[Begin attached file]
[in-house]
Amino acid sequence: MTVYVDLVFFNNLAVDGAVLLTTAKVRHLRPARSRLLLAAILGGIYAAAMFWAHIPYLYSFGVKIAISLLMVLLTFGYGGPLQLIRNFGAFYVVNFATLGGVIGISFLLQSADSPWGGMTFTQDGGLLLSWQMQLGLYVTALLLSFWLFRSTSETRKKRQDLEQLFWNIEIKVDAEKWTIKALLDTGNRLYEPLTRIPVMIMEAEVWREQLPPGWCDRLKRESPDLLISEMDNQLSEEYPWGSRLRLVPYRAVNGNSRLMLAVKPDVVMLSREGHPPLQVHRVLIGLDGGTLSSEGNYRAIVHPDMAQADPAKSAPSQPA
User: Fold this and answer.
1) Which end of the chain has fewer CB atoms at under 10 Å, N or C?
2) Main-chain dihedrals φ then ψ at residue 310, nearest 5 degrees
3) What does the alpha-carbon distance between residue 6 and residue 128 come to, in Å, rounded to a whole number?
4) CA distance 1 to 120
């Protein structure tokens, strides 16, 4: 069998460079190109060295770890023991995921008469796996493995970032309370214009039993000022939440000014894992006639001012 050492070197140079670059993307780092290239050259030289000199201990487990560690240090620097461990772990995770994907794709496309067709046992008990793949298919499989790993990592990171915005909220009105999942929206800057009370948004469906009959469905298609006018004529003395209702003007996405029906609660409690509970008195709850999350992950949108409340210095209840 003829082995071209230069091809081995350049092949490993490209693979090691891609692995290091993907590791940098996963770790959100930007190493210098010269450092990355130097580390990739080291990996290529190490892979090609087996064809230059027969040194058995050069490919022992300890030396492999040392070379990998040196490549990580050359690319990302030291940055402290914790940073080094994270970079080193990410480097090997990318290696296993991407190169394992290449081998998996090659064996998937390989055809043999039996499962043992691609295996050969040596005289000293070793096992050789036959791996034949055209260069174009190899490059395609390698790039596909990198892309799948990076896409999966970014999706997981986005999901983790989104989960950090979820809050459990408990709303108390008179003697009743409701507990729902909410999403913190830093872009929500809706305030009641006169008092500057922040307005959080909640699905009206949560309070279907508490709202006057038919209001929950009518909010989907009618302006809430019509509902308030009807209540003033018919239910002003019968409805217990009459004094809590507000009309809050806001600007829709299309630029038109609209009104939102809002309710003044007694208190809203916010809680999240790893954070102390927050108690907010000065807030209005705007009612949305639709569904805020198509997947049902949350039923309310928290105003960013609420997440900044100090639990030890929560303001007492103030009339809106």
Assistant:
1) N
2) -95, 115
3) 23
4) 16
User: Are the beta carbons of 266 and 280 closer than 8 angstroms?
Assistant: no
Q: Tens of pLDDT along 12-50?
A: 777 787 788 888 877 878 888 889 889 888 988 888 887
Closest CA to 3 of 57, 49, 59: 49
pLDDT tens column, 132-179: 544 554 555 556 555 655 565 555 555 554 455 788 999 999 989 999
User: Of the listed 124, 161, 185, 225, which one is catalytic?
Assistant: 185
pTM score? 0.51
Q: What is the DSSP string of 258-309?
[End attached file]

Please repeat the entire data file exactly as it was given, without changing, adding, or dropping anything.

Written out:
[in-house]
Amino acid sequence: MTVYVDLVFFNNLAVDGAVLLTTAKVRHLRPARSRLLLAAILGGIYAAAMFWAHIPYLYSFGVKIAISLLMVLLTFGYGGPLQLIRNFGAFYVVNFATLGGVIGISFLLQSADSPWGGMTFTQDGGLLLSWQMQLGLYVTALLLSFWLFRSTSETRKKRQDLEQLFWNIEIKVDAEKWTIKALLDTGNRLYEPLTRIPVMIMEAEVWREQLPPGWCDRLKRESPDLLISEMDNQLSEEYPWGSRLRLVPYRAVNGNSRLMLAVKPDVVMLSREGHPPLQVHRVLIGLDGGTLSSEGNYRAIVHPDMAQADPAKSAPSQPA
User: Fold this and answer.
1) Which end of the chain has fewer CB atoms at under 10 Å, N or C?
2) Main-chain dihedrals φ then ψ at residue 310, nearest 5 degrees
3) What does the alpha-carbon distance between residue 6 and residue 128 come to, in Å, rounded to a whole number?
4) CA distance 1 to 120
């Protein structure tokens, strides 16, 4: 069998460079190109060295770890023991995921008469796996493995970032309370214009039993000022939440000014894992006639001012 050492070197140079670059993307780092290239050259030289000199201990487990560690240090620097461990772990995770994907794709496309067709046992008990793949298919499989790993990592990171915005909220009105999942929206800057009370948004469906009959469905298609006018004529003395209702003007996405029906609660409690509970008195709850999350992950949108409340210095209840 003829082995071209230069091809081995350049092949490993490209693979090691891609692995290091993907590791940098996963770790959100930007190493210098010269450092990355130097580390990739080291990996290529190490892979090609087996064809230059027969040194058995050069490919022992300890030396492999040392070379990998040196490549990580050359690319990302030291940055402290914790940073080094994270970079080193990410480097090997990318290696296993991407190169394992290449081998998996090659064996998937390989055809043999039996499962043992691609295996050969040596005289000293070793096992050789036959791996034949055209260069174009190899490059395609390698790039596909990198892309799948990076896409999966970014999706997981986005999901983790989104989960950090979820809050459990408990709303108390008179003697009743409701507990729902909410999403913190830093872009929500809706305030009641006169008092500057922040307005959080909640699905009206949560309070279907508490709202006057038919209001929950009518909010989907009618302006809430019509509902308030009807209540003033018919239910002003019968409805217990009459004094809590507000009309809050806001600007829709299309630029038109609209009104939102809002309710003044007694208190809203916010809680999240790893954070102390927050108690907010000065807030209005705007009612949305639709569904805020198509997947049902949350039923309310928290105003960013609420997440900044100090639990030890929560303001007492103030009339809106």
Assistant:
1) N
2) -95, 115
3) 23
4) 16
User: Are the beta carbons of 266 and 280 closer than 8 angstroms?
Assistant: no
Q: Tens of pLDDT along 12-50?
A: 777 787 788 888 877 878 888 889 889 888 988 888 887
Closest CA to 3 of 57, 49, 59: 49
pLDDT tens column, 132-179: 544 554 555 556 555 655 565 555 555 554 455 788 999 999 989 999
User: Of the listed 124, 161, 185, 225, which one is catalytic?
Assistant: 185
pTM score? 0.51
Q: What is the DSSP string of 258-309?